Descendants of Jean Leroux Compiled by Janet Manseau Donaldson Use as a guide
Generation No. 1
1.Jean1 Leroux was born about 1600 in France.He married Jeanne LeBlanc Bef. 31 Dec 1627 in France.She was born about 1600 in France.
Child of Jean Leroux and Jeanne LeBlanc is: + 2 i. Francois2 Leroux-dit-Cardinal, born Bef. 1627 in France; died 20 Oct 1691 in Hôtel Dieu de Québec City, QC.
Generation No. 2
2.Francois2 Leroux-dit-Cardinal (Jean1 Leroux) was born Bef. 1627 in France, and died 20 Oct 1691 in Hôtel Dieu de Québec City, QC.He married Marie Renaud, King's Daughter 25 Oct 1668 in Québec City, QC, daughter of Jean Renaud and Catherine Gauthier.She was born Bef. 1637 in France, and died 27 Feb 1709 in Charlesbourg, QC.
Notes for Marie Renaud, King's Daughter: King’s Daughters and Founding Mothers By Peter J. Gagné page 486 Marie Renaud was born about 1637 in the parish of Saint-Marceau in Orleans, Orléanais, the daughter of master pin maker Jean Renaud and Catherine Gauthier. After her father’s death, she left for Canada in 1668, at about age 31. On 25 October 1668, Marie married François Leroux dit Cardinal at Québec City. Neither spouse could sign the marriage contract drawn up 18 October by notary Becquet. François was born about 1635 in Senillé (arrondissement of Châtellerault, diocese of Poitiers), Poitou, the son of Jean Leroux and Jeanne Leblanc. He enlisted at La Rochelle 14 and 15 May 1658, at which time he claimed to be from Esve-le-Moutier, near Loches in Touraine. François can be found in the 1666 census working at Beaupré, where he also made donations to the church finds of Sainte-Anne-du-Petit Cap and Château-Richer. He and Marie first lived at Beauport. Daughter Antoinette was baptized 28 July 1669 at Québec City, followed by Ignace on 01 November 1671. The family then settled in the Bourg-Royal section of Charlesbourg. Daughter Genevieve was baptized 29 December 1673 at Québec City, followed by Marie-Anne (29 July 1678) and Jeanne (03 October 1683, Charlesbourg). François Leroux dit Cardinal died 20 October 1691 at the Hôtel-Dieu de Québec, after a three-month stay. Marie Renaud died 27 February 1709 and was buried 01 March at Charlesbourg.
Child of Francois Leroux-dit-Cardinal and Marie Renaud is: 3 i. Antoinette3 Leroux-dit-Cardinal, born 27 Jul 1669 in Québec City, QC; died 20 Apr 1739 in Charlesbourg, QC.She married Louis Jacques 17 May 1688 in Québec City, QC; born 23 Apr 1664 in France; died 20 Feb 1735 in Charlesbourg, QC.
======================= Hi, I have decided to post all my Québec pioneer ancestor at the different GenForums because a lot of individuals doing genealogy research don’t realize that their ancestors can be found as early as the 1600s.
My resources are limited because I live in Oregon. I hope that you use this information only as a guide. I welcome corrections and additions from anyone that has access to the original files.
Originally I paid a genealogy society to trace the direct lines for 6 of my 8 great grandparents. They used the books that were compiled by volunteers for each parish. Because so many individuals had the same name, I eventually found some errors in these books. Then I used Tanguay and found out that he may be about 75% right and Jette (that goes to 1730) is about 90% right. Then just as I thought that I was finished, I found PRDH (University of Montreal) and I believe that they may be 98% right and still make corrections to their records. They go up to 1799 for marriage contracts and 1850 for some deaths. Some people have the luxury of having the original records at their disposal. I do not have that and with 17,000 individuals in my data base, I can not afford to pay for copies of all the originals. At that point I confirmed every that I had with the records at PRDH. Whenever I say “about” for a birth date it means that PRDH did not find it or if it is in the 1800s, I did not look it up because of my lack of resources.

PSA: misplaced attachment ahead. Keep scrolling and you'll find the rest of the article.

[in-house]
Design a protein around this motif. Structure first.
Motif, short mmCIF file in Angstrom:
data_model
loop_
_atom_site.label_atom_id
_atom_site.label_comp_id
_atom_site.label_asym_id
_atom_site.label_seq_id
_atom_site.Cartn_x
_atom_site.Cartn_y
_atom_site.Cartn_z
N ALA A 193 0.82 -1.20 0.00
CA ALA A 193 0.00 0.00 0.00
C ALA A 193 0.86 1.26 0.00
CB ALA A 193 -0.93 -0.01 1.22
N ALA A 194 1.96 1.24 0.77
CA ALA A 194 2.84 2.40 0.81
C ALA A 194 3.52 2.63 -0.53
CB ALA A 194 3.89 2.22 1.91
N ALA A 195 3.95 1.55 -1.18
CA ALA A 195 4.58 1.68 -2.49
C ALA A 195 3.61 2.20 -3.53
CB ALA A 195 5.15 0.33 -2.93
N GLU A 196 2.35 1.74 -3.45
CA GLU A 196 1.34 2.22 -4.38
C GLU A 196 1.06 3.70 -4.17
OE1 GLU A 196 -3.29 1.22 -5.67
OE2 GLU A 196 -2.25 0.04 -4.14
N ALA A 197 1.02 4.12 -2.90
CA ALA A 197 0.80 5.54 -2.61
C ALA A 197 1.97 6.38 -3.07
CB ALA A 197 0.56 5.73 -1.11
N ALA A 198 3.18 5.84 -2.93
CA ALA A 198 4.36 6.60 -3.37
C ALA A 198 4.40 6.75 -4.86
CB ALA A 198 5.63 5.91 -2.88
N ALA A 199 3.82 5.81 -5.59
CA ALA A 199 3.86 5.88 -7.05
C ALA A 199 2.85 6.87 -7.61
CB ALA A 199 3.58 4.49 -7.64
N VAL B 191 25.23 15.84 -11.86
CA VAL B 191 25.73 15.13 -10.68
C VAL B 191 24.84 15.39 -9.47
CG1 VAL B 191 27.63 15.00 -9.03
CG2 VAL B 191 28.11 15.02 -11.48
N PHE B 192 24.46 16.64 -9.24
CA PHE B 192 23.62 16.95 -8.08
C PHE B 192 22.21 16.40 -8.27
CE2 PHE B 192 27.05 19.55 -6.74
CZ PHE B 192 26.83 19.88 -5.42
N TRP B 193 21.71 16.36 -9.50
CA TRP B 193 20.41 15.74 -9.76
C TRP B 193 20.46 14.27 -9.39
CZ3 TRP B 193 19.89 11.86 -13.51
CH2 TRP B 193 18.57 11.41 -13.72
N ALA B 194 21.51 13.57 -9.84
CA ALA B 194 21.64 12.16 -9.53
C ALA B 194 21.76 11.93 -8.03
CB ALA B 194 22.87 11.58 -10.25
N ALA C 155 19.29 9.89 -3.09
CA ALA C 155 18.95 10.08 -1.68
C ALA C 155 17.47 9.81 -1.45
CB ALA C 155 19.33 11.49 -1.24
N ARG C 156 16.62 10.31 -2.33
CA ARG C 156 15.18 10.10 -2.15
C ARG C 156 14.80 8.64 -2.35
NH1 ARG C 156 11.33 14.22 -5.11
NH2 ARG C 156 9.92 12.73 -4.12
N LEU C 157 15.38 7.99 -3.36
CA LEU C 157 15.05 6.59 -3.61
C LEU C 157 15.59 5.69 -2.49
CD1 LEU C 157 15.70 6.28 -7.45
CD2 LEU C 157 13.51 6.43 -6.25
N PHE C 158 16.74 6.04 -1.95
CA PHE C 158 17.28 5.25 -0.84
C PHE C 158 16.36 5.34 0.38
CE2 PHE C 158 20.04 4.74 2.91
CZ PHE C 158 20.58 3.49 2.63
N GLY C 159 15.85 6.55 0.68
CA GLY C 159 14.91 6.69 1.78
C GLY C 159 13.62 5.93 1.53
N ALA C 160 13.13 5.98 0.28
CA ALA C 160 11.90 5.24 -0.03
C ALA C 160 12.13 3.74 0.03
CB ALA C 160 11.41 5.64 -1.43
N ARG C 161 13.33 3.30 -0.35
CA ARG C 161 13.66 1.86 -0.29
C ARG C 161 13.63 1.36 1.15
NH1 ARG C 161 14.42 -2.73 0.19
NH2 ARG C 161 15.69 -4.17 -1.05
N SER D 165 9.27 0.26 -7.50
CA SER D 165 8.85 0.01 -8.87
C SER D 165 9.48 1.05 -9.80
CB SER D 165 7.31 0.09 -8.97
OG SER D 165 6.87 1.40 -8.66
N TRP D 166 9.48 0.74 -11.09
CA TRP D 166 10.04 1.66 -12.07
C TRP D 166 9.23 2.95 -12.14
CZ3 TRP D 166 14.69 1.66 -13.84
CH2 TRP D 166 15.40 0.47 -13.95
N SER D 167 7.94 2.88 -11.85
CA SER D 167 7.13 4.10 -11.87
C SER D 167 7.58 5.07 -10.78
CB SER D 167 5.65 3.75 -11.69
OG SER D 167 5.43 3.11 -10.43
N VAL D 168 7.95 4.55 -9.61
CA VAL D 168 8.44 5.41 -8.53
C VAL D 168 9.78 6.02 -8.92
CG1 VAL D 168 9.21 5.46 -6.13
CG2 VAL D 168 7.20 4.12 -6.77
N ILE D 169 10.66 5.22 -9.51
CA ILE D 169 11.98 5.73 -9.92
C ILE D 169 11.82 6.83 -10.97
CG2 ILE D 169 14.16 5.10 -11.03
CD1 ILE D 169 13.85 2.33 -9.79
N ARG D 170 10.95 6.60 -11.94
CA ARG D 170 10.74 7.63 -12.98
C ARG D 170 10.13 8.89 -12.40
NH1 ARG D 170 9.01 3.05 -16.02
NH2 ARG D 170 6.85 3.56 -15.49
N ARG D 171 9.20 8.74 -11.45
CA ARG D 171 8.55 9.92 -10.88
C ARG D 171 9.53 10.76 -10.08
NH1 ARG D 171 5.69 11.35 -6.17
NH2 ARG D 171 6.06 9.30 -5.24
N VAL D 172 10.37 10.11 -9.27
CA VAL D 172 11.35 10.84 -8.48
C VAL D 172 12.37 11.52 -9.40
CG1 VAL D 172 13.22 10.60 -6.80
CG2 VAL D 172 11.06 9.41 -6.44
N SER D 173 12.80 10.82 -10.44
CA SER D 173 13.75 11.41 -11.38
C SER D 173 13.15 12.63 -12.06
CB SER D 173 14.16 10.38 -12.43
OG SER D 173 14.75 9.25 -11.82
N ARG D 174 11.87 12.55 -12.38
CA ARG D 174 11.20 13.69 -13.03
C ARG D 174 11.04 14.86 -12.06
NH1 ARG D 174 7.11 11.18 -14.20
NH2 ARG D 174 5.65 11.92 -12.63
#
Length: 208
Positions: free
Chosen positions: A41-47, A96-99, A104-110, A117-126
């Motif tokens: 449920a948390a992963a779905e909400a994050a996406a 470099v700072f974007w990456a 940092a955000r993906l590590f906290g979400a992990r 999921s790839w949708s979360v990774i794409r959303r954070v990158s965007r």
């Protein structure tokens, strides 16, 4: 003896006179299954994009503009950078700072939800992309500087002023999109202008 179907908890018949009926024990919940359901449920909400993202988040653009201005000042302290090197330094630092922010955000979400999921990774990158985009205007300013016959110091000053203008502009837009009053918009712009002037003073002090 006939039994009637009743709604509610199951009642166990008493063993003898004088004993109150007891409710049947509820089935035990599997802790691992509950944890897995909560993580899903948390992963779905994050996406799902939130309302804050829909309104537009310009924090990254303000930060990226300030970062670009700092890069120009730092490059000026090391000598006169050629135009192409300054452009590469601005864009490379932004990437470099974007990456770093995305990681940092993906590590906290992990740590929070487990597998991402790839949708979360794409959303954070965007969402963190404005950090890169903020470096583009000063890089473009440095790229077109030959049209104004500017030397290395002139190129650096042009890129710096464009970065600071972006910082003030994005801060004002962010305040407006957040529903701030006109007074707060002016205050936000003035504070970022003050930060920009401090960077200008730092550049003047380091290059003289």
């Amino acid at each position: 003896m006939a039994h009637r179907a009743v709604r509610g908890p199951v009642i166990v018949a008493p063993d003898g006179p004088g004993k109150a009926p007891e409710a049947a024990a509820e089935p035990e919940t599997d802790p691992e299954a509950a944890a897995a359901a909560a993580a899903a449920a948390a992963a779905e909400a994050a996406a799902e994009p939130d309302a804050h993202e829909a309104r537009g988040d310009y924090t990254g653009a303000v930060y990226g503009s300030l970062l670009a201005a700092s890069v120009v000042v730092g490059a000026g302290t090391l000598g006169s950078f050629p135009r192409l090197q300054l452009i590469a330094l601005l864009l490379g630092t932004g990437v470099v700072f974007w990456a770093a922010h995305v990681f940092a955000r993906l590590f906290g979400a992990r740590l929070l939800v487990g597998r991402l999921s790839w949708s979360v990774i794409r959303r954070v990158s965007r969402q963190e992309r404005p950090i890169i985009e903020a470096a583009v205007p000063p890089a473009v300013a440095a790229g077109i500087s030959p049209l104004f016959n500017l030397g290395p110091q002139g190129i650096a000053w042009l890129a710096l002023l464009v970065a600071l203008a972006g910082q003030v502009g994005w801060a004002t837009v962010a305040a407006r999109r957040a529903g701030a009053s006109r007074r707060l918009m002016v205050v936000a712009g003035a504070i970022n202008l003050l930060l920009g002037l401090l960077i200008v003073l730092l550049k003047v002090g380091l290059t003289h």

PRDH uses the most common spelling variation for the names. This makes it easier to trace the families. They do not always use the original name that appears on the contracts or birth records. That is ok with me, because many individuals before the 1900s could not sign their names and did not even care how others spelt it. As a result the same person’s name took on a variety of spellings. I also kept the “dit” (aka) names because eventually brothers from the same family, picked a different aka name.For a very small fee PRDH has all the Canadian records from 1600-1799 and some death dates up to 1850.Their records are about 18% accurate.They can be found at: http://www.genealogie.umontreal.ca/en/leprdh.htmhttp://www.genealogie.umontreal.ca/en/leprdh.htm
As for the pioneers, I also used Peter Gagné’s English books on the single girls that arrived in New France between 1634 & 1662 and his book on the single girls that are referred to as the King’s Daughters that arrived between 1663 & 1673. These girls were recruited and paid by the King to go to New France (Québec) to get married and colonize the area.
For the 1800-1900s I paid to prove my direct lines.My data for their extended family come from people on the web. The program that I use does not allow for baptismal dates, so if I don’t have a birth date, I use the baptismal date. The same goes for death vs. burial dates and actual wedding vs. contract dates. The newer programs have these features, but I will not be going through 18,000 records to make the changes.
Use this information as a guide only. I view genealogy as a hobby and not as pure science.As for the stories, I got them all in French on the web and I translated them for my grandchildren.I had not read or spoken French in over 40 years, so it was difficult and may not be the best translation.